Marketing Monday: Marketing vs Sales

It’s that time again, I’m going to babble and impart some knowledge from the part of my brain which retains all my years of marketing knowledge!

I recently saw a twitter conversation between some authors, these weren’t authors I was particularly friendly with I hasten to add, who were discussing how they had been doing marketing but their sales hadn’t increased. I’ve seen several conversations like this, and over the years, I’ve had many conversations in corporate settings where I’ve had to explain what I’m about to explain here.

You see, the purpose of marketing activities, and the purpose of sales activities are two very different beasts. Understanding these things will save you a lot of bother in the long term, and help you understand how to communicate with people as well.

So, in simple terms:

Sales: The purpose of sales, is to make a sale, to sell your product. There are a lot of techniques for selling and while it is related to marketing it isn’t marketing. It is its own entity.

Marketing: The purpose of marketing, is to raise awareness, to promote, research and talk to your target market, the more ways you can get your name, product, brand in front of your target market the better. But marketing activity doesn’t necessarily translate to sales, at least not immediately.

So, why do marketing?

While marketing takes time to convert people into actual sales, it builds loyalty. People become accustomed to you and your brand. On social media they become engaged, they want to know what you have to say and they become bought in, with newsletters they become engaged with the additional content you are offering, teasers offer them enticement to pick the book up which you have been wafting under their nose and tempting them with for weeks now.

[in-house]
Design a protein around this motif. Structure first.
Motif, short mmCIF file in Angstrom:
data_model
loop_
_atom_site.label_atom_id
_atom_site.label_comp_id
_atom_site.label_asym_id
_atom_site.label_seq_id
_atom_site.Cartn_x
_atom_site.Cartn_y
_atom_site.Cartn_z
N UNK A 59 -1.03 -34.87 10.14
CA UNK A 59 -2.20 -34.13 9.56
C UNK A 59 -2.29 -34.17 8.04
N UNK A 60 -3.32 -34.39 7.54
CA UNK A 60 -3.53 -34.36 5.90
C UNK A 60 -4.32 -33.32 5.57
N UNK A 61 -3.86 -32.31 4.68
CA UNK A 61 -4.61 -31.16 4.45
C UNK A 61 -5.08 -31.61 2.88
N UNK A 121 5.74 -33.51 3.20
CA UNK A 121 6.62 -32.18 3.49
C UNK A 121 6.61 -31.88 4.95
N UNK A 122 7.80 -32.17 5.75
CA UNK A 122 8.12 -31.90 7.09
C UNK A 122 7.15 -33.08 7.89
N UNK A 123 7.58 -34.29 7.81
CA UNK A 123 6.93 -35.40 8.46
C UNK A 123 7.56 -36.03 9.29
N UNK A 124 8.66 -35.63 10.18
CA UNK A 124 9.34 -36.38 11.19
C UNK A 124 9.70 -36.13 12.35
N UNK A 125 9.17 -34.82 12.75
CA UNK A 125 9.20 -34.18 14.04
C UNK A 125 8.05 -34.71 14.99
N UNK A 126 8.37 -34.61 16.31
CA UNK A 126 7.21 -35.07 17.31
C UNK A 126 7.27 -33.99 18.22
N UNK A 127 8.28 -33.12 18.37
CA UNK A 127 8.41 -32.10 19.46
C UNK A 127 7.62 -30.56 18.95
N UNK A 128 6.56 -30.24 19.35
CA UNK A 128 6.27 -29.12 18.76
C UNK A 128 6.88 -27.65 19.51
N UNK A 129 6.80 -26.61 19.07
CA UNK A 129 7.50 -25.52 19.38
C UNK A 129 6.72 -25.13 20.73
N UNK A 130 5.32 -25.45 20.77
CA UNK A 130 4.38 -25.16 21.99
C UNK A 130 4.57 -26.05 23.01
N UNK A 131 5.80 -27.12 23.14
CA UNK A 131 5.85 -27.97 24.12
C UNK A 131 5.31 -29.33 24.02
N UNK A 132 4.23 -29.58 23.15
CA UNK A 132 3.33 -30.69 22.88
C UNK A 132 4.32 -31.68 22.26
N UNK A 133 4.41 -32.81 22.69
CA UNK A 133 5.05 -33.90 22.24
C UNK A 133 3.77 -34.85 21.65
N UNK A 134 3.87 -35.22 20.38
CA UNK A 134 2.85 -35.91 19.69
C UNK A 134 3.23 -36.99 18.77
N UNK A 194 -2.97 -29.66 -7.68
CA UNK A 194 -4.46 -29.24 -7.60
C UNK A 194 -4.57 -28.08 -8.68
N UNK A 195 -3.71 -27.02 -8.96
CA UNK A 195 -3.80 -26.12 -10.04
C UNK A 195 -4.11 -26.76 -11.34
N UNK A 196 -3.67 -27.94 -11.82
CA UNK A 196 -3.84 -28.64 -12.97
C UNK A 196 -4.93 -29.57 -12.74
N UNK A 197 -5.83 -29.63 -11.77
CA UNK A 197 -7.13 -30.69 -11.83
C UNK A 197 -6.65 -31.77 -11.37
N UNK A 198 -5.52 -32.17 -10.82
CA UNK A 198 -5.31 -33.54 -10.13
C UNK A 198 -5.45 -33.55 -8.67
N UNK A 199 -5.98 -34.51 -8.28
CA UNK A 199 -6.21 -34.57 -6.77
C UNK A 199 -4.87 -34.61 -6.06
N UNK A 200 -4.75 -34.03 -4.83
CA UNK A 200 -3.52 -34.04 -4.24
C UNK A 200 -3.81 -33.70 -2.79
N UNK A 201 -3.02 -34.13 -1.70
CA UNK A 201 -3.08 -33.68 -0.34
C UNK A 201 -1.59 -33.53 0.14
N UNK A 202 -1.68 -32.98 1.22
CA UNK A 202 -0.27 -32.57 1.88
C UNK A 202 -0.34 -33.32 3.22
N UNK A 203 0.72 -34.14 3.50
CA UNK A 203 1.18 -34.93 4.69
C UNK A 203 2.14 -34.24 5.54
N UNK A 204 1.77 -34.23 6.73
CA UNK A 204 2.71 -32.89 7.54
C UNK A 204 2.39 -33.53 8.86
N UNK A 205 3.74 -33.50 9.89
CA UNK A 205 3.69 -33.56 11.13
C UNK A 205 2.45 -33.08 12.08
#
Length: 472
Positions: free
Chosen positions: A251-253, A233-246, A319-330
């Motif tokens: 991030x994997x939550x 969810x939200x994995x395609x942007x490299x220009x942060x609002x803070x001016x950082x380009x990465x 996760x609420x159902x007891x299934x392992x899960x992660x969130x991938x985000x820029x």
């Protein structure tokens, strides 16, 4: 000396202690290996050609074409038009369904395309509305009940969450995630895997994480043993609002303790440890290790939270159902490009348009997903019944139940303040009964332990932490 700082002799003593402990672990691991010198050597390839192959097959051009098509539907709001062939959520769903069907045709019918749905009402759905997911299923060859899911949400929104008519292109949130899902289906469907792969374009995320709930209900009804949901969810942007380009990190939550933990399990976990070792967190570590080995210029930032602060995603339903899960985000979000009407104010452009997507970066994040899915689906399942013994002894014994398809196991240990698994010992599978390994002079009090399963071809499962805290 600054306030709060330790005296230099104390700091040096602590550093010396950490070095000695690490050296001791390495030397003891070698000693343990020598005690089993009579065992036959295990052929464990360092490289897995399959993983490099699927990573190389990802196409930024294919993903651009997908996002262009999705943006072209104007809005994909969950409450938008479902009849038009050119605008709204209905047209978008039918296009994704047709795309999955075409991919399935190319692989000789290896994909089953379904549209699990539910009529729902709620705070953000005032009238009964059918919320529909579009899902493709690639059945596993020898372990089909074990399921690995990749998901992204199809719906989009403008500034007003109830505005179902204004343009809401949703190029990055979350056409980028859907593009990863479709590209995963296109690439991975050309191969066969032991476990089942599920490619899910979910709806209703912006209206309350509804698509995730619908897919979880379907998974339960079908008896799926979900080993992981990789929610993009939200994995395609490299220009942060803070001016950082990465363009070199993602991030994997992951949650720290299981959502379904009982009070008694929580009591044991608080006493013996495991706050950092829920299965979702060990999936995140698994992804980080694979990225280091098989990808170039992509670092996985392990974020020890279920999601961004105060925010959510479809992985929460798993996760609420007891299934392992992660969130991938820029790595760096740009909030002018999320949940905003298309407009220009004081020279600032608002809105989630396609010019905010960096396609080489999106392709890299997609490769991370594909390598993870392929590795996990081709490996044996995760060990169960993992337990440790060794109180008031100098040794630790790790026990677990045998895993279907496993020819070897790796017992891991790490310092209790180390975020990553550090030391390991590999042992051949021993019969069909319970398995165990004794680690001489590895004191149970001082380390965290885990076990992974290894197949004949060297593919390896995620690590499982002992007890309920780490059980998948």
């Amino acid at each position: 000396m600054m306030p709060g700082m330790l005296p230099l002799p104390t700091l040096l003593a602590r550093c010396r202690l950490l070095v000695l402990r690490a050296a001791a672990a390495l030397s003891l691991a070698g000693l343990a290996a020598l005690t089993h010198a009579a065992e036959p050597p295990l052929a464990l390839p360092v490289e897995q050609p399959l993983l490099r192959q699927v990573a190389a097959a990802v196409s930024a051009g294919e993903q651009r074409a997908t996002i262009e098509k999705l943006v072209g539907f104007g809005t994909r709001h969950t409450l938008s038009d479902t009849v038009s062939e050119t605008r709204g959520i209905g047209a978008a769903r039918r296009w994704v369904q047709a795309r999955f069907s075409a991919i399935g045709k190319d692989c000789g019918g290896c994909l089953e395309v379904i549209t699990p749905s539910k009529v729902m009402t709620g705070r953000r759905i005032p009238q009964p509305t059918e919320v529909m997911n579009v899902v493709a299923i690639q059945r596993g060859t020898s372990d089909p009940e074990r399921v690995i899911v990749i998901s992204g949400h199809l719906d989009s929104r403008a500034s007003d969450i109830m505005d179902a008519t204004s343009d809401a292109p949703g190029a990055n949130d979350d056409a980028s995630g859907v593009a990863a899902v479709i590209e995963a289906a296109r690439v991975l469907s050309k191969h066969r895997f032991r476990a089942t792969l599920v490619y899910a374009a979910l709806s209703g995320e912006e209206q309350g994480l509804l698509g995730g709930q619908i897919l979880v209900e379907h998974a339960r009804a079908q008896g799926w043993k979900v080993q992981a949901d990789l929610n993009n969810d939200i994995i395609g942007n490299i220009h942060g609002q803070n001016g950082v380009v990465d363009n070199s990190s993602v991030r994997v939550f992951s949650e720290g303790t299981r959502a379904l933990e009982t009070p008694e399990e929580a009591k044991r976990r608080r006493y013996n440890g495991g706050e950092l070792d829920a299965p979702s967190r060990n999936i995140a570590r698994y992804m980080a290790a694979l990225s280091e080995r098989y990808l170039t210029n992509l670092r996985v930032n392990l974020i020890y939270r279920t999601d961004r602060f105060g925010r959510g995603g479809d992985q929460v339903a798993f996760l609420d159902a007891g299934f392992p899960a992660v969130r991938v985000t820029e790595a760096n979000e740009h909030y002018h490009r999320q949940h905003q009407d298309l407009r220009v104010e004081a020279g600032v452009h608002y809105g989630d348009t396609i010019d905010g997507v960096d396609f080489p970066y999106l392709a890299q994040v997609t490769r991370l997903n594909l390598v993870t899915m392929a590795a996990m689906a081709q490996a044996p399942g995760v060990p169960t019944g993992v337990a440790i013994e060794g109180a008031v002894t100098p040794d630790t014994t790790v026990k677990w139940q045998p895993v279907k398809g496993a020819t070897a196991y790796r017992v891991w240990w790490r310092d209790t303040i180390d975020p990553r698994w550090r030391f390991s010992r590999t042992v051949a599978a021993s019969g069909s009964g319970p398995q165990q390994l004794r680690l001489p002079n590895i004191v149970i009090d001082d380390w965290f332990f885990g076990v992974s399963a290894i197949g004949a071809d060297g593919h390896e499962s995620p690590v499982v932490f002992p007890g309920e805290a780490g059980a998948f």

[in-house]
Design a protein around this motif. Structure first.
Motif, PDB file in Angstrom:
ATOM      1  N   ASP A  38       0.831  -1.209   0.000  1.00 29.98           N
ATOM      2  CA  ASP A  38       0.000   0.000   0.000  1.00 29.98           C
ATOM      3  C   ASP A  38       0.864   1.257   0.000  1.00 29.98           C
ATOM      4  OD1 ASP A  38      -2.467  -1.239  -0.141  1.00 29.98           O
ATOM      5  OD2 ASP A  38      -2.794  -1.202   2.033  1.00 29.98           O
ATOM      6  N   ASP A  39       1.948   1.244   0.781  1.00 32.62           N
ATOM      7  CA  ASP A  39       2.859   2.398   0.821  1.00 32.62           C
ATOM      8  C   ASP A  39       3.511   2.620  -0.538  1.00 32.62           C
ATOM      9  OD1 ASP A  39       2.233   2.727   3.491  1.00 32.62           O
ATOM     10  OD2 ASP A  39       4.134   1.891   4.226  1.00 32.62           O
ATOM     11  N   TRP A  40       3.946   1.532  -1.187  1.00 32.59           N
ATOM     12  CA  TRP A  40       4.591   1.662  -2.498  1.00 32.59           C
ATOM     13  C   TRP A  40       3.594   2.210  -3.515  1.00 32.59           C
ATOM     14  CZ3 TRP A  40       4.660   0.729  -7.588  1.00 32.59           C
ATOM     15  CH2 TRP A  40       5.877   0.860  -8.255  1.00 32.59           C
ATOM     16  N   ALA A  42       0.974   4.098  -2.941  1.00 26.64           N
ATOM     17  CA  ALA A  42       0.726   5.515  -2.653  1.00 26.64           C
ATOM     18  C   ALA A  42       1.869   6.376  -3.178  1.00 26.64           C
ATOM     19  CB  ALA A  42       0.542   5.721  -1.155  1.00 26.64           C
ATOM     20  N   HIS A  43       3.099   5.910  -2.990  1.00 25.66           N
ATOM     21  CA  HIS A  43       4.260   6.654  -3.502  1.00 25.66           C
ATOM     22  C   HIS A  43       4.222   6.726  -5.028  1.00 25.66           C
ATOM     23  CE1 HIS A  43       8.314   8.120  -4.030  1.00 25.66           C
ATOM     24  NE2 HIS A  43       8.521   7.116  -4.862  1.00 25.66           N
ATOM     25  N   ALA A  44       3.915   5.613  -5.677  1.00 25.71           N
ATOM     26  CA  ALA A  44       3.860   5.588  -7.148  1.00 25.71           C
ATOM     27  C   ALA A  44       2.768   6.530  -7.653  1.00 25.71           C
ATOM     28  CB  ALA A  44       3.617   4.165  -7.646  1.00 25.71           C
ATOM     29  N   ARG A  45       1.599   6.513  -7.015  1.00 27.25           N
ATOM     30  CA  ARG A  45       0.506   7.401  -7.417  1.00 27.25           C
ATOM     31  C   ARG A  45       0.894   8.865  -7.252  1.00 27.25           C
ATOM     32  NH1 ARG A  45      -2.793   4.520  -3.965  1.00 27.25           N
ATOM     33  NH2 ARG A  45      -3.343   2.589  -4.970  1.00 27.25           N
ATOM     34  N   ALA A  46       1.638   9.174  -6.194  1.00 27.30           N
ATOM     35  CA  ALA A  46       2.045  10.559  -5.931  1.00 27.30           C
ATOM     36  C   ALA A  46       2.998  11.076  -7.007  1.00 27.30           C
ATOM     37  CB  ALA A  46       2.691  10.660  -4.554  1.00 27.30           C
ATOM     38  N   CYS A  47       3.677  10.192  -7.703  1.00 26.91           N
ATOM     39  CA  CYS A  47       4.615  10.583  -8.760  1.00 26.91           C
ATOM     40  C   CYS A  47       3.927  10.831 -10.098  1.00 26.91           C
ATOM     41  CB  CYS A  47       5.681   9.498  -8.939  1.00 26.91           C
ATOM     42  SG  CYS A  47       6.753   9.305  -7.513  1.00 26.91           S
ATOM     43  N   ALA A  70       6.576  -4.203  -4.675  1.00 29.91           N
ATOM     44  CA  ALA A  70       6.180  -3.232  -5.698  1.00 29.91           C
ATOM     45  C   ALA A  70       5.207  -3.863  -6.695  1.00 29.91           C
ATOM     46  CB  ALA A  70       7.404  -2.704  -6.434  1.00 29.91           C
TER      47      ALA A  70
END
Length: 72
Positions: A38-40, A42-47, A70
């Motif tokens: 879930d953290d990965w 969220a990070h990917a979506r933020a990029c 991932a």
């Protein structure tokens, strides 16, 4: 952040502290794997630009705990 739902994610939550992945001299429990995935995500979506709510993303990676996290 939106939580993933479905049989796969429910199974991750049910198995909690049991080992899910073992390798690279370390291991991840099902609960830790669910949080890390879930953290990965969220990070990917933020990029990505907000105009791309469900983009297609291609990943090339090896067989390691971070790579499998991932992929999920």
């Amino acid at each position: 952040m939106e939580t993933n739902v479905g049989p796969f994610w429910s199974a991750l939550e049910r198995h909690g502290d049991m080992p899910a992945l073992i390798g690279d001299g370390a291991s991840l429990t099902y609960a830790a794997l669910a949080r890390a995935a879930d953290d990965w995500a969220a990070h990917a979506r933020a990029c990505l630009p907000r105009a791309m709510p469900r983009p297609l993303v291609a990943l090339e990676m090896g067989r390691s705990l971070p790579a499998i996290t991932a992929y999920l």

By the time they by they are loyal, you won’t need to tempt them in future, just knowing you are releasing a book will be enough for them. The sales route doesn’t offer this type of loyalty, you may sell a book quicker pushing the sales route, but it wouldn’t guarantee loyalty for future purchases in the same way. You are also more likely to get reviews and recommendations from people bought into your brand. The fact they are sold on you and your brand means they care and will want to share that feeling with others.

This doesn’t just work for books, it will work for any product, any business. It’s tried and tested, and it’s why marketing continues to work, it’s why most large businesses have marketing and sales working side by side so that they can get those immediate sales while building a loyal customer base.

So, while it can feel futile at times to be working on your marketing, don’t give up, each of those connections you make is valuable to your ongoing success.

Until next time. Much Love.

 

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12 thoughts on “Marketing Monday: Marketing vs Sales

  1. You are so right about this. Marketing is a slow process! I often buy a book after I’ve been seeing it about for several weeks. It’ll take me about 10 mentions before I even look to see what it’s all about, and I’ll maybe need to read that at least two other people think it’s great before I buy it or put it on the TBR list. On the other hand, I download other books via Amazon browses, on impulse. One of the best things authors can do is make their books available on Kindle Unlimited, so people can download them for nothing. They still get paid, if the book gets read. I love KU, it sorts the wheat from the chaff.

    The trouble with book marketing is that it’s a saturated market (!), and what worked even 3 years ago doesn’t work now. Forget just tweeting – you need to target your tweets, RT lots of other people, get to know book bloggers, tweet them. No one cares about that tweet floating past them promising that the latest #Romance by @AnAuthor has 5* reviews and someone ‘couldn’t put it down’. No-one is going to think ‘oh look, it’s a romance that has 5* reviews, better buy it NOW!’ All books have 5* reviews, even the terrible ones. And yes, you have it – once someone has been tempted by your product, and likes it, you no longer have to tempt them.

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    1. You are absolutely right about the book market being saturated which is why a multi-pronged approach is so important. I’ll cover different approaches in my future posts but it’s not an easy game I’m definitely not playing it down at all.

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